Is Boston Beer Still a Craft Brewer? Does It Even Matter?

Boston Beer (NYSE:SAM) will report fourth-quarter earnings sometime in February. Although it’s been quite a while since the owner of Samuel Adams Boston Lager actually produced more beer than other alcoholic beverages, this shift marks a significant milestone for the industry. 

Boston Beer has been the face of craft beer for several decades, and founder and CEO Jim Koch one of its top promoters, but with the brewer accounting for a substantial portion of the industry’s annual production, the loss could signal an upheaval in the industry.

Yet even if Boston Beer isn’t the most recognizable craft brewer on the market anymore, should that even matter to investors? Probably not, and here’s why.

Friends drinking beer over a barrel

Image source: Getty Images.

What it means to be small

To be considered a craft brewer, the industry trade group Brewers Association says a brewery has to meet three requirements:

  • It must produce 6 million barrels of beer or less annually;
  • If an alcoholic beverage company that isn’t a craft brewer has an ownership stake in the business, it must be smaller than 25%;
  • It must have an Alcohol and Tobacco Tax & Trade Bureau (TTB) license and make at least some beer.
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In the third quarter, Boston Beer shipped 2.1 million barrels, and year to date, it had sold over 5.4 million barrels as of the end of September.

There’s no reason to think the brewer’s fourth-quarter sales collapsed, so when the next earnings report arrives, we should see Boston Beer far exceed the Brewers Association’s limit for craft brewers.

A rose by any other name

In the past, the trade group has moved the goalposts to allow Boston Beer to keep its craft brewer status. For example, in 2011, it raised the production limit from 2 million barrels to 6 million when the company was just about to break through the lower threshold.

It also changed the definition to open the classification to more brewers, such as in 2014 when it allowed for the use of adjuncts, or unmalted grains, as well as those that hadn’t been partially germinated to release their enzymes. That permitted brewers like D.G. Yuengling & Son — the country’s oldest operating brewery — Narragansett, Magic Hat, and Butte Creek to finally be included.

More recently, in 2018, the Brewers Association smudged the bright line again, saying a brewer didn’t have to mostly brew beer, just that it had to produce some. That move, too, was made with an eye toward Boston Beer, which was by then producing less beer than other alcoholic beverages.

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Yet as the craft beer icon prepares to cross the boundaries once more, it becomes difficult to argue that widening the limits again would result in a definition that still represents what craft brewing is at heart about.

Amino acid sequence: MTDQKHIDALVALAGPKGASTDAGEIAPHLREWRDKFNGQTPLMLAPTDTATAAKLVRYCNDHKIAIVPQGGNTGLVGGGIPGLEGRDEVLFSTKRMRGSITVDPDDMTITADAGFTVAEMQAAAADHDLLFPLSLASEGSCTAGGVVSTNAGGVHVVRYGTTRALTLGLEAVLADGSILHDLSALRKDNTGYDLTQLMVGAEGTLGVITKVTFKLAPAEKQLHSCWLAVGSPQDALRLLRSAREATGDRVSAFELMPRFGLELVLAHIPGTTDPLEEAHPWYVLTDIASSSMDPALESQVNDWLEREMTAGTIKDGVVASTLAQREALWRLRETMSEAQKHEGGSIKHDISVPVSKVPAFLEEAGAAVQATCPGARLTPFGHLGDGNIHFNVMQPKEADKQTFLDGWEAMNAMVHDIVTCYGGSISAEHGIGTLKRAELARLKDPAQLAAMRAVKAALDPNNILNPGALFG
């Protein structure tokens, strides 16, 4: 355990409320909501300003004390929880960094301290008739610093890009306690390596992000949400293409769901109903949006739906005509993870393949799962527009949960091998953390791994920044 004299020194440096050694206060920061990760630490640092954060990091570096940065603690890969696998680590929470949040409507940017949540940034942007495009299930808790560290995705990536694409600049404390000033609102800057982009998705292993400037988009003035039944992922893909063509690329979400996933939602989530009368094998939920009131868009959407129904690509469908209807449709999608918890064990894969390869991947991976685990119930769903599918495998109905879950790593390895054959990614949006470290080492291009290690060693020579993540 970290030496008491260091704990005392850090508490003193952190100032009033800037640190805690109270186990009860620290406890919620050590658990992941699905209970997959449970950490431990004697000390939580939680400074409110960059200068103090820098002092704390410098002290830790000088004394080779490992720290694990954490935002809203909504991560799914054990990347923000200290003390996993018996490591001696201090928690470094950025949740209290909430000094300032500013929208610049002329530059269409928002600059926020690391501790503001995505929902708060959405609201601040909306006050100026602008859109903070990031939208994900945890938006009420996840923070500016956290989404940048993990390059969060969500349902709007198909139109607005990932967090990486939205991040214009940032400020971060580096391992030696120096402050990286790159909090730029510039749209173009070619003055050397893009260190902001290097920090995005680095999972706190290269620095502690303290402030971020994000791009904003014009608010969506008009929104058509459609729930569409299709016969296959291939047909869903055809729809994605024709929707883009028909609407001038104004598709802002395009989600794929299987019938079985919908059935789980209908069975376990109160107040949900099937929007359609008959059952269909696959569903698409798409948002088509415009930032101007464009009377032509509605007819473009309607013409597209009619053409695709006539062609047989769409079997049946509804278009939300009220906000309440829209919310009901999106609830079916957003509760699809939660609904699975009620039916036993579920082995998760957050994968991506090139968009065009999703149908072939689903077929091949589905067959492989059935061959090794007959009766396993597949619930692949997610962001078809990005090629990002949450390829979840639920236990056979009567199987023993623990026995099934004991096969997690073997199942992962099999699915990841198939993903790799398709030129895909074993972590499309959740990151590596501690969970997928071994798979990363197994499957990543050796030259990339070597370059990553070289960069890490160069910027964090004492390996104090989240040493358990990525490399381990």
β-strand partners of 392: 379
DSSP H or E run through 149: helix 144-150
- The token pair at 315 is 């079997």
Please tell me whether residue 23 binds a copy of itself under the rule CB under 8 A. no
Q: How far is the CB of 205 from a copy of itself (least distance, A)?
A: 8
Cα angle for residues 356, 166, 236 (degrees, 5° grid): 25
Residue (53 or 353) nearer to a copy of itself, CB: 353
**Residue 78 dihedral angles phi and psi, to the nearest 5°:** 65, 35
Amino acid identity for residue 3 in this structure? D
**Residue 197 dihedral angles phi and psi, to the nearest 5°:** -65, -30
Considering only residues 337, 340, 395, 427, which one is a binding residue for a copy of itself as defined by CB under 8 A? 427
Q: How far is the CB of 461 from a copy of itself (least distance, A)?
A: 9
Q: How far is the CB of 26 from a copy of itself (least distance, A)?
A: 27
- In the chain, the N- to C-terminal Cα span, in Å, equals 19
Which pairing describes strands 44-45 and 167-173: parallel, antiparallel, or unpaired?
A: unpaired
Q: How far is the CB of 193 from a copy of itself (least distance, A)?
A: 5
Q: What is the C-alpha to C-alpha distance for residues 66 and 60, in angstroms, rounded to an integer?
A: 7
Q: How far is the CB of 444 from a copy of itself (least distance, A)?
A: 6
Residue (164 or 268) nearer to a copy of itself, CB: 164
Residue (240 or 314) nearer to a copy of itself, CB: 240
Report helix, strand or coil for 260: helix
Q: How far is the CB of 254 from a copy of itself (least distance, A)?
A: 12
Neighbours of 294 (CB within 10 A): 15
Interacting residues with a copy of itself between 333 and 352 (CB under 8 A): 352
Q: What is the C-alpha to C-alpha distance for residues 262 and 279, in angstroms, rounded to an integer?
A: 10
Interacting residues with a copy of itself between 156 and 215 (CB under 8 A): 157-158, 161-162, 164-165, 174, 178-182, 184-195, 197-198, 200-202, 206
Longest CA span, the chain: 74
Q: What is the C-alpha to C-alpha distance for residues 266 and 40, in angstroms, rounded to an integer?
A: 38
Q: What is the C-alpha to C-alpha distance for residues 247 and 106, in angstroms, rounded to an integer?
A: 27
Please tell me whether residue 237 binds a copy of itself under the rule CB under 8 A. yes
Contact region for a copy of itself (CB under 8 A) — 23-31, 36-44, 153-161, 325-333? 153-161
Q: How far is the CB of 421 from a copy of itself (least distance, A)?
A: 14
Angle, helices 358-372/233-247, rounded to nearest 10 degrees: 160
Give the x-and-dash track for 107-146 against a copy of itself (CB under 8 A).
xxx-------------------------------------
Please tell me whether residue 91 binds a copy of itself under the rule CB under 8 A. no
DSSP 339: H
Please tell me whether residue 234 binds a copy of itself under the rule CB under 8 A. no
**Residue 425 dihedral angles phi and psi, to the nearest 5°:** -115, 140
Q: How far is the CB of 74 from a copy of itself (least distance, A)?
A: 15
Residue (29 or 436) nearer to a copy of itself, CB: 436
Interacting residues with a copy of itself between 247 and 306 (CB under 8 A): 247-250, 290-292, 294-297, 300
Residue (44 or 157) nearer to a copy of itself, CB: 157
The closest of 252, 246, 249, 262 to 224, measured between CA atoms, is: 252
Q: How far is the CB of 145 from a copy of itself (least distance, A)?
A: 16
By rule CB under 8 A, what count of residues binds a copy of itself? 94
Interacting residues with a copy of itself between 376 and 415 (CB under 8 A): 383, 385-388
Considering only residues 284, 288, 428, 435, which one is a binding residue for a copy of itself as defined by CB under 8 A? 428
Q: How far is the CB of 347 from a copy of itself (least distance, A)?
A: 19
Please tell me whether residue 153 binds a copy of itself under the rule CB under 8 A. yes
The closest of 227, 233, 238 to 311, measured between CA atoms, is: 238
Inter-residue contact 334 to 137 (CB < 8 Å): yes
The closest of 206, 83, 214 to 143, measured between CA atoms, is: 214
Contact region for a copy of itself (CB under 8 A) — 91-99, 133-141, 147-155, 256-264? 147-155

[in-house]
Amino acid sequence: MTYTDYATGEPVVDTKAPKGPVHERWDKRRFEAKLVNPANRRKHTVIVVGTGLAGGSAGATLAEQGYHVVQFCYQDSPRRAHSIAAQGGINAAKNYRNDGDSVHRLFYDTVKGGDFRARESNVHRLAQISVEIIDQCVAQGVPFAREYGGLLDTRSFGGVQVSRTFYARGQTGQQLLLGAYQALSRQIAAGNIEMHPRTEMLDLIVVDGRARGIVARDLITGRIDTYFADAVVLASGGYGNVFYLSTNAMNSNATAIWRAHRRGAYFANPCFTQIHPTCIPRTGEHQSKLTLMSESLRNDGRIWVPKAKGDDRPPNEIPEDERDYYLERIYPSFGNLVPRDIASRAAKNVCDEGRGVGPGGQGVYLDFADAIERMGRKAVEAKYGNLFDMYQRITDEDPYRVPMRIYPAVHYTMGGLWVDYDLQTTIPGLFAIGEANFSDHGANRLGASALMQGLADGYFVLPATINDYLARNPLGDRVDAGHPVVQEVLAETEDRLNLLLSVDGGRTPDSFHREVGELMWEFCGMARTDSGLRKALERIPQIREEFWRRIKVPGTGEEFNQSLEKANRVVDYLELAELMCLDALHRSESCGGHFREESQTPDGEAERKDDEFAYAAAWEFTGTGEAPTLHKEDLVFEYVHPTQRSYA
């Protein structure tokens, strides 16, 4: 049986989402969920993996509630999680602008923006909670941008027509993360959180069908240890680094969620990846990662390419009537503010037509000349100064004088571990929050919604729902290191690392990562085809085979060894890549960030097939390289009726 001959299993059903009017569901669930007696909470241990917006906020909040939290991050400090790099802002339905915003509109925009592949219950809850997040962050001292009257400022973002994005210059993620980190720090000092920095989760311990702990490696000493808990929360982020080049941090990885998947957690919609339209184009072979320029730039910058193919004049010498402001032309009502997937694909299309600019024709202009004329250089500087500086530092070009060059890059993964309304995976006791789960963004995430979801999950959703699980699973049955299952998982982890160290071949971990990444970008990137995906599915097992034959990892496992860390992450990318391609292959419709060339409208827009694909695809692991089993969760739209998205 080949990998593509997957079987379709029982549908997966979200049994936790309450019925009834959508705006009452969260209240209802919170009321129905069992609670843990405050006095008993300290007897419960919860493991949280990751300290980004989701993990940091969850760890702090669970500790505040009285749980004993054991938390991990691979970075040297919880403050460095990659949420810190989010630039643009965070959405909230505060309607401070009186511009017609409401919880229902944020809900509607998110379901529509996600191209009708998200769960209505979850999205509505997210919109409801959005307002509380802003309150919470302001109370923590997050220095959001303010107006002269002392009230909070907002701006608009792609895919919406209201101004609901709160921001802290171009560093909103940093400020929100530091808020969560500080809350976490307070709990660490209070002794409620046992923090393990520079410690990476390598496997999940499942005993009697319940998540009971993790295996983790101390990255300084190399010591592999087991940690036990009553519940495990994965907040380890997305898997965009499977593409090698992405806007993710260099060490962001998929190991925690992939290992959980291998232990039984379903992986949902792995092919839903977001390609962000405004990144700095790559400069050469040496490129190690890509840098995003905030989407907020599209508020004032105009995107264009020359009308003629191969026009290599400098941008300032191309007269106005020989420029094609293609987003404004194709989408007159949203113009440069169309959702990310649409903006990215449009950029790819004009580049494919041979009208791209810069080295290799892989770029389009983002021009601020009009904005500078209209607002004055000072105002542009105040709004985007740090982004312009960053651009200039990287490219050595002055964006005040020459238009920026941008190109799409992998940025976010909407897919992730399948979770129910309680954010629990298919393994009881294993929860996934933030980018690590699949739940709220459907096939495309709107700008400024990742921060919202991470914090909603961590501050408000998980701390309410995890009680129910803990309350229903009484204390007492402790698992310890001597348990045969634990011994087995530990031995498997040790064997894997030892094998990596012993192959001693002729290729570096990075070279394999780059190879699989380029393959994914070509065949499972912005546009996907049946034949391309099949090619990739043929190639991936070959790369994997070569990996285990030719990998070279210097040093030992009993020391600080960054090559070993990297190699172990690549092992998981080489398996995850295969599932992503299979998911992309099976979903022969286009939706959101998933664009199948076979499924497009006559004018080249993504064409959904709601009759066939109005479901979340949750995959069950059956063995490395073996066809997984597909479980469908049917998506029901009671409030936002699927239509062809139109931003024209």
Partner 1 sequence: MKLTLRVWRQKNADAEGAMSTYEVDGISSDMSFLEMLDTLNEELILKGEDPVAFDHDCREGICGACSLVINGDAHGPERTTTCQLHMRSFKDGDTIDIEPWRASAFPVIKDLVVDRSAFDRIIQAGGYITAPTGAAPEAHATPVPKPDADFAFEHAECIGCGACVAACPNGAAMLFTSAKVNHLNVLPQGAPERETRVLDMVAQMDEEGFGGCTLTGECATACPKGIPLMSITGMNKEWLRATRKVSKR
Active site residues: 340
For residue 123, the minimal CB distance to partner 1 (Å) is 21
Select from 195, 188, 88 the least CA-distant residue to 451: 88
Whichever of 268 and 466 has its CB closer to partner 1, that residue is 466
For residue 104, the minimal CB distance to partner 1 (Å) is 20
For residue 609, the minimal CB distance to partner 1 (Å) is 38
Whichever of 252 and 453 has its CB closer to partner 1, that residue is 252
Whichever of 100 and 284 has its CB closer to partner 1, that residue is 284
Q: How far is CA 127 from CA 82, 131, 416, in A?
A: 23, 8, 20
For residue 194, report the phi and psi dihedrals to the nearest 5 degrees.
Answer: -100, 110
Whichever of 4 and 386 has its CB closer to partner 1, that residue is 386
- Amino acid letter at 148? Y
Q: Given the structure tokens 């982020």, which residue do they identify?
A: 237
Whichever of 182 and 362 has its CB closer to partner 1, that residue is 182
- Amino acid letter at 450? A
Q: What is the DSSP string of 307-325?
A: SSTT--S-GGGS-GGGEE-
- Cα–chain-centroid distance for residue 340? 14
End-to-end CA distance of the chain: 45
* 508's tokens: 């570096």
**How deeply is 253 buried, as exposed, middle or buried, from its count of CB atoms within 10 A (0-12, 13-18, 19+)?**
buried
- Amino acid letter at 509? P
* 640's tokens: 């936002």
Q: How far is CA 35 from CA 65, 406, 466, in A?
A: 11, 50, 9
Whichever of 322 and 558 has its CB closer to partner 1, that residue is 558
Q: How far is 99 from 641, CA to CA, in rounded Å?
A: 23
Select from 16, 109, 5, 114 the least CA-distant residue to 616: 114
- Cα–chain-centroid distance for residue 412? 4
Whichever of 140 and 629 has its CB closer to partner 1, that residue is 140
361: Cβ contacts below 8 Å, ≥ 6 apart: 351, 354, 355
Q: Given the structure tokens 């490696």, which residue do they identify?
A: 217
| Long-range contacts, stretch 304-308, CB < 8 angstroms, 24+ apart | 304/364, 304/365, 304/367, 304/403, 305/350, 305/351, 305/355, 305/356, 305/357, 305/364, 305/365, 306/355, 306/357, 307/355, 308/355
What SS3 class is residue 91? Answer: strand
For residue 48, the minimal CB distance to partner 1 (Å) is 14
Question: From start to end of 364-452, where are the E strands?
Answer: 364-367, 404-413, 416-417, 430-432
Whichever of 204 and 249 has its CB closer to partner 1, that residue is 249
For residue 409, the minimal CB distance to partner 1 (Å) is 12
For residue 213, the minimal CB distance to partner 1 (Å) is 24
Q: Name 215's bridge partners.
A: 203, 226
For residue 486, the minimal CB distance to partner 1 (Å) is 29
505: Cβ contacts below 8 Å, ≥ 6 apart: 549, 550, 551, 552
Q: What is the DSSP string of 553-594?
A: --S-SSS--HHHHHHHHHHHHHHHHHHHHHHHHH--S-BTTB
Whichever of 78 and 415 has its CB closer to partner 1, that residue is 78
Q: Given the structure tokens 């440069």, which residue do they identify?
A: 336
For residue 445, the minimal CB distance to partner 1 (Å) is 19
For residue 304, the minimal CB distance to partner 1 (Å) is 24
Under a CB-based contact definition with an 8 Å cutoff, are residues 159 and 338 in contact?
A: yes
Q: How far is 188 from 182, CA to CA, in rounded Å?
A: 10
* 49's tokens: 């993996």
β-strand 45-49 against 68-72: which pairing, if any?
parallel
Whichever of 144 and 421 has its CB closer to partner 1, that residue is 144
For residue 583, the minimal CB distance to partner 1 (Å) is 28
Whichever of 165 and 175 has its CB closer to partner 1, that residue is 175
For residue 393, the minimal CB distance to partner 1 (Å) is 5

Down to the last drop

The Brewers Association has decided that the 6 million barrel a year limit should only apply to beer, which is noteworthy since Boston Beer is still technically below that limit.

Traditionally, that part of the definition has been taken to mean a brewer’s total production, and because those businesses were almost always producing nothing but beer, that wasn’t an issue. However, to stay afloat and relevant as drinkers’ tastes change, small brewers are adding hard tea, hard cider, hard soda, and most importantly, hard seltzer, to their lineups.

For Boston Beer, it’s now those other adult beverages that comprise the bulk of its production, especially its Truly brand of hard seltzer, the second-best-selling seltzer on the market. The brewer has reported 23 consecutive quarters of declining depletions for its Samuel Adams brand, so it has been steadily producing less beer as well –far less than 6 million barrels a year. (Depletions are sales to distributors and retailers, and are considered an industry proxy for consumer demand.) In short, beer is becoming less relevant to its fortunes.

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One for the road

Investors shouldn’t care. Boston Beer is estimated to represent about 8% of the craft beer niche’s total volume, so if it ceases to be considered a craft brewer, that would significantly alter the Brewers Association’s data. What it would not do is have any effect on Boston Beer’s performance.

So long as the brewer continues to make beverages that people want to drink — and Koch seems to have his finger on the pulse of  consumer preferences these days — the company can be expected to deliver greater sales, bigger profits, and a rising stock price. That’s something all investors can raise a glass to — regardless of what beverage they prefer in it.

This article represents the opinion of the writer, who may disagree with the “official” recommendation position of a Motley Fool premium advisory service. We’re motley! Questioning an investing thesis — even one of our own — helps us all think critically about investing and make decisions that help us become smarter, happier, and richer.

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